For more than 11 years, civil war ravaged Sierra Leone. Families were torn apart and entire villages were destroyed. When the war ended in 2002, a United Nations criminal court tried to bring justice to the region by prosecuting 9 men they deemed most responsible for fomenting the conflict. However, the millions of dollars spent on this court to prosecute the men never reached the ordinary villagers who were impacted by the war. A reconciliation process was implemented to try and bring peace to Sierra Leone, but like the criminal court it did little to heal their wounds. The war was still on their minds, and for many people the pain was still fresh: “You walk down the same footpath as someone who killed your parents, who burned down your house. But you are powerless.”
Before the war, the communities worked together as though they were a large family. People would resolve their problems within the community. They would sit together in a circle, discuss their problems, and reconcile their differences. They would share their minds, and see the way forward. The lack of an efficient reconciliation process made the people of Sierra Leone realize that they needed a better way to resolve their problems. In 2007, they started designing a new reconciliation program, based on the tradition of resolving problems within the security of a family circle. They named the new program Fambul Tok, or Family Talk.
Fambul Tok is a community program that brings the victims and perpetrators of violence together to talk about the horrors and pain of the eleven-year civil war. It is based on the realization that reconciliation and forgiveness is not a one-time event, but a long-term process. Participants gather around truth-telling bonfires to talk about the war and how they were impacted. They share stories of their experiences so they can understand each others’ perspectives, discuss the meaning of forgiveness, and determine whether they are ready to reconcile. Following the ceremonies the people take part in various community activities in an effort to support and sustain the reconciliation process. These include radio clubs, football games, community farms, and other projects where newly reconciled individuals can work together.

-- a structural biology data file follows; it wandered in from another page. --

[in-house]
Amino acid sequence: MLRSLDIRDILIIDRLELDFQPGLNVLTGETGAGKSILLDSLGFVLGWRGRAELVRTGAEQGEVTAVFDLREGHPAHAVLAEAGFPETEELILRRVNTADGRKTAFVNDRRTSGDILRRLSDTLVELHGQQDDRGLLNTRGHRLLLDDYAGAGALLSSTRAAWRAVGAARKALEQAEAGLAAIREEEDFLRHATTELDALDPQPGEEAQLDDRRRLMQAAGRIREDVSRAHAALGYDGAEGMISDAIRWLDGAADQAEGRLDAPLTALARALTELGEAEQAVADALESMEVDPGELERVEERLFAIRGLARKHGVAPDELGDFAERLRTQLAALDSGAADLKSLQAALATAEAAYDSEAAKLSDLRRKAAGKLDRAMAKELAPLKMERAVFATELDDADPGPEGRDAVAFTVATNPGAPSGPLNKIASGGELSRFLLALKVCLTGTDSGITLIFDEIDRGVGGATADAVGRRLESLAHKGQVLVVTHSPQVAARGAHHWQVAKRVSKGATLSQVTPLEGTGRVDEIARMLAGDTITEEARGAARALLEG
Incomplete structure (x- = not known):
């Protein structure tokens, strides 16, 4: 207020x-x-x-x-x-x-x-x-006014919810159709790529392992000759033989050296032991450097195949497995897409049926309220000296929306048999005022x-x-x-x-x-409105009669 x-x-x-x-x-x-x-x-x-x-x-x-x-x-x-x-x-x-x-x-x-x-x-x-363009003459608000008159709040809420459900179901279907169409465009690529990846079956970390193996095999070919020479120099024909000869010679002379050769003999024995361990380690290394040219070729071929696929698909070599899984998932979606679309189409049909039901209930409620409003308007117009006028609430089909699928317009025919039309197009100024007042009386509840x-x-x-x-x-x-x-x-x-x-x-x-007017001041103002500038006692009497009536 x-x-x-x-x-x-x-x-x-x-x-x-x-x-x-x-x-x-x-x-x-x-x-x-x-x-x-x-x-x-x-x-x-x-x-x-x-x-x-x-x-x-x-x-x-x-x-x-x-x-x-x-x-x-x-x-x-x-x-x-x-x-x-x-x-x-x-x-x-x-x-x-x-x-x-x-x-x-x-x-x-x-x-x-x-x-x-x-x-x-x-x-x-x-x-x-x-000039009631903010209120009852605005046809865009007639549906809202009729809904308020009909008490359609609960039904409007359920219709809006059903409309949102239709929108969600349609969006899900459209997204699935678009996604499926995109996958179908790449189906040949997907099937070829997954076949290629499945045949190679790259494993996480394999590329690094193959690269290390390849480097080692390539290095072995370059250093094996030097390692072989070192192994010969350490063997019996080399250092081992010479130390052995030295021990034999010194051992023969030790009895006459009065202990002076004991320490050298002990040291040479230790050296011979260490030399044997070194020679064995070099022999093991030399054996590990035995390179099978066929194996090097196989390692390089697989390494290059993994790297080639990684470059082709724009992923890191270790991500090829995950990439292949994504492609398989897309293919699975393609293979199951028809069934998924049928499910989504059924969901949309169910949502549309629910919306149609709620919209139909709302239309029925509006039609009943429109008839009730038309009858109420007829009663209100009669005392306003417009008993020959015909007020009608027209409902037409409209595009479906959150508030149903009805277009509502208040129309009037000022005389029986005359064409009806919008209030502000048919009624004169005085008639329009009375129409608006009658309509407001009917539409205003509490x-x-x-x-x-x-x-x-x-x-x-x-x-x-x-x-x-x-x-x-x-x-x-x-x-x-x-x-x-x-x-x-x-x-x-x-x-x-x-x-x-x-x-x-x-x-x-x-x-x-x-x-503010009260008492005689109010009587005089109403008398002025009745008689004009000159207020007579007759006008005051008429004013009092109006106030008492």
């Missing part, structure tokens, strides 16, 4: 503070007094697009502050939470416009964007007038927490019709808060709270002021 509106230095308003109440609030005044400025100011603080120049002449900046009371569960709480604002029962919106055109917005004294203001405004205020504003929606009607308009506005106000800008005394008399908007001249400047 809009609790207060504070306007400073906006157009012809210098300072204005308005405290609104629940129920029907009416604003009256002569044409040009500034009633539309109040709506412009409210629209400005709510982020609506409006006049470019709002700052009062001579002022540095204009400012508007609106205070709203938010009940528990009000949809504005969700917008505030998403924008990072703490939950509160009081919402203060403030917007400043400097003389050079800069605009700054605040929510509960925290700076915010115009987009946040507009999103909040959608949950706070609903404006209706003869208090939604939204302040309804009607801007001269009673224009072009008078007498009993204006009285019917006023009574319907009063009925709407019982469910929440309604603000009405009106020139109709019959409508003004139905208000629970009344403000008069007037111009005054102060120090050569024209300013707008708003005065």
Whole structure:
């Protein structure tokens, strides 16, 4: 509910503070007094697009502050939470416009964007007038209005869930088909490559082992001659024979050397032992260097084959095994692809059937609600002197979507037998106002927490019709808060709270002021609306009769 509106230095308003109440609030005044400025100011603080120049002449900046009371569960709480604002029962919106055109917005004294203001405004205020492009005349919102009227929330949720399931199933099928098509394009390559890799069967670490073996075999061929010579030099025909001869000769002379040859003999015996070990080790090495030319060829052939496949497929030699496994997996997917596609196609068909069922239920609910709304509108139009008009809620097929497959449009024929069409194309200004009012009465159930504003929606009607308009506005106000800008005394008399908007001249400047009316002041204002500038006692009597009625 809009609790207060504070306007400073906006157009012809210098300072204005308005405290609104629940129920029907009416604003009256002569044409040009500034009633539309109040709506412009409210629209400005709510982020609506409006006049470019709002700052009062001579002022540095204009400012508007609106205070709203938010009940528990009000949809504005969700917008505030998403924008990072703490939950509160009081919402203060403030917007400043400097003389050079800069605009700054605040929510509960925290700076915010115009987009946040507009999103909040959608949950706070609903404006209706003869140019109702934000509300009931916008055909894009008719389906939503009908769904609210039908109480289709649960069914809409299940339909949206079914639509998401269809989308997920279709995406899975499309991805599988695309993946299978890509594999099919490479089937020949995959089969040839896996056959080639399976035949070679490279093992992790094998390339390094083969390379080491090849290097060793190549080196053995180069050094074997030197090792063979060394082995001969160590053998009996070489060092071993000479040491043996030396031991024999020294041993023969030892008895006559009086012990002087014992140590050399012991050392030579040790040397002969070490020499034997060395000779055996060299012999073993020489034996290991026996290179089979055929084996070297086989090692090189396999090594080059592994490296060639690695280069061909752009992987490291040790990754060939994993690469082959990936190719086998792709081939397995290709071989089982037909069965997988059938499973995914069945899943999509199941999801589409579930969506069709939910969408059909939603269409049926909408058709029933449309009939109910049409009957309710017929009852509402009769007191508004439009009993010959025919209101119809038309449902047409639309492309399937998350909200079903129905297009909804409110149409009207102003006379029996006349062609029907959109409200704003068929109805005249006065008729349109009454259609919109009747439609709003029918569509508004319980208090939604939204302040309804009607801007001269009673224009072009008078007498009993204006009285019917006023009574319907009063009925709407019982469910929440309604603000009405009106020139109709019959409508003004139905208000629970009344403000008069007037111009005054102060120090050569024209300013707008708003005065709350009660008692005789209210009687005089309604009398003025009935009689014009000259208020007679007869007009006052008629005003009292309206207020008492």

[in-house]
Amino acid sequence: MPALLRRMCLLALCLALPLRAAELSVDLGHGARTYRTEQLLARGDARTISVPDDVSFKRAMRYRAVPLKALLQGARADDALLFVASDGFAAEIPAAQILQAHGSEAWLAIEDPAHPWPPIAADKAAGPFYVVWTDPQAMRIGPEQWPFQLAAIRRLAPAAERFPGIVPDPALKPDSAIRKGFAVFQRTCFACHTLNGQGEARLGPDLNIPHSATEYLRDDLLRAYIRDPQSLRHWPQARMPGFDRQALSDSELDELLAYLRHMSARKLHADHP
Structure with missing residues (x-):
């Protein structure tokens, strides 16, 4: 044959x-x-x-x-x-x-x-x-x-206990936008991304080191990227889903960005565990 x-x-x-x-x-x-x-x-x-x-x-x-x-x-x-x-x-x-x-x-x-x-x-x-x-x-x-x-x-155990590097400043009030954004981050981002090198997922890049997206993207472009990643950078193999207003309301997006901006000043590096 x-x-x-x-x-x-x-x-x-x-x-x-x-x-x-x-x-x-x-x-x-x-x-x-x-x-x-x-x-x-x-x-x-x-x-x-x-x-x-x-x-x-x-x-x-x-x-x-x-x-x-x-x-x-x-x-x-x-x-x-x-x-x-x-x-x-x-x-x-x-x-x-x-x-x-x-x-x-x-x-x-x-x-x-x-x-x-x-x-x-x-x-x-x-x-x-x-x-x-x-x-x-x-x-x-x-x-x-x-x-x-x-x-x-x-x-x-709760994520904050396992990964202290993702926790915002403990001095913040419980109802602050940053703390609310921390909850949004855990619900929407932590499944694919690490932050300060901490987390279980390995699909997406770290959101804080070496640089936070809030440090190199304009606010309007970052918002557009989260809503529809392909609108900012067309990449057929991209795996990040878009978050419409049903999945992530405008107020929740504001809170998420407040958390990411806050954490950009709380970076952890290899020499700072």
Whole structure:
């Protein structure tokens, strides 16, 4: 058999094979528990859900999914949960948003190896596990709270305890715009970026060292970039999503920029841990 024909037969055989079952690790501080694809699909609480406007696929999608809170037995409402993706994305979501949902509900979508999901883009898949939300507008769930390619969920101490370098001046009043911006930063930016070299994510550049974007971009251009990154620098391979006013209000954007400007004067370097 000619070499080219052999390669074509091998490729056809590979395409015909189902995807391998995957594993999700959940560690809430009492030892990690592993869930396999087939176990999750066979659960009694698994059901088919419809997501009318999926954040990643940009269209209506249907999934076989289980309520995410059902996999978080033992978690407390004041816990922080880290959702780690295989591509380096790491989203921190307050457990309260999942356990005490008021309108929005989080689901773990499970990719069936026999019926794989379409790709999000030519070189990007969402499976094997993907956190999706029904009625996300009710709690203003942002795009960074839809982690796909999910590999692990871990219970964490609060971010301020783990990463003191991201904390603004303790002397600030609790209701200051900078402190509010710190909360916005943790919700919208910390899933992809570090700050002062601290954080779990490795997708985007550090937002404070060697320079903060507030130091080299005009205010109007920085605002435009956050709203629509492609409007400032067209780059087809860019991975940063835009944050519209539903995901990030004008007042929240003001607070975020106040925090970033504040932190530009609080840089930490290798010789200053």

Fambul Tok is not influenced by the concepts of blame and retribution, but rather by the African tradition of communities functioning as a whole, with each member playing a role to achieve peace. Since 2007, Fambul Tok has spread and is now used in 161 communities throughout the country to resolve conflicts. Though the reconciliation process takes time, Fambul Tok is helping to build healthy communities on a foundation of peace.
“Gradually, gradually development is coming on. You see victims and perpetrators coming together, forming groups, going into communities, making farms … You see them coming together, doing joint labor – which is actually a sign that there is light at the end of the tunnel. Because these people were far apart, they were pointing fingers, it’s you who did this, it’s you who did that – you burned my house, you killed my father. But now they are coming together, they’re coming together to rebuild communities again. They are not talking about ‘We want you to incriminate these guys,’ they’re talking about coming together and rebuilding their communities and the district as a whole.” — James Fallah, Journalist, Kailahun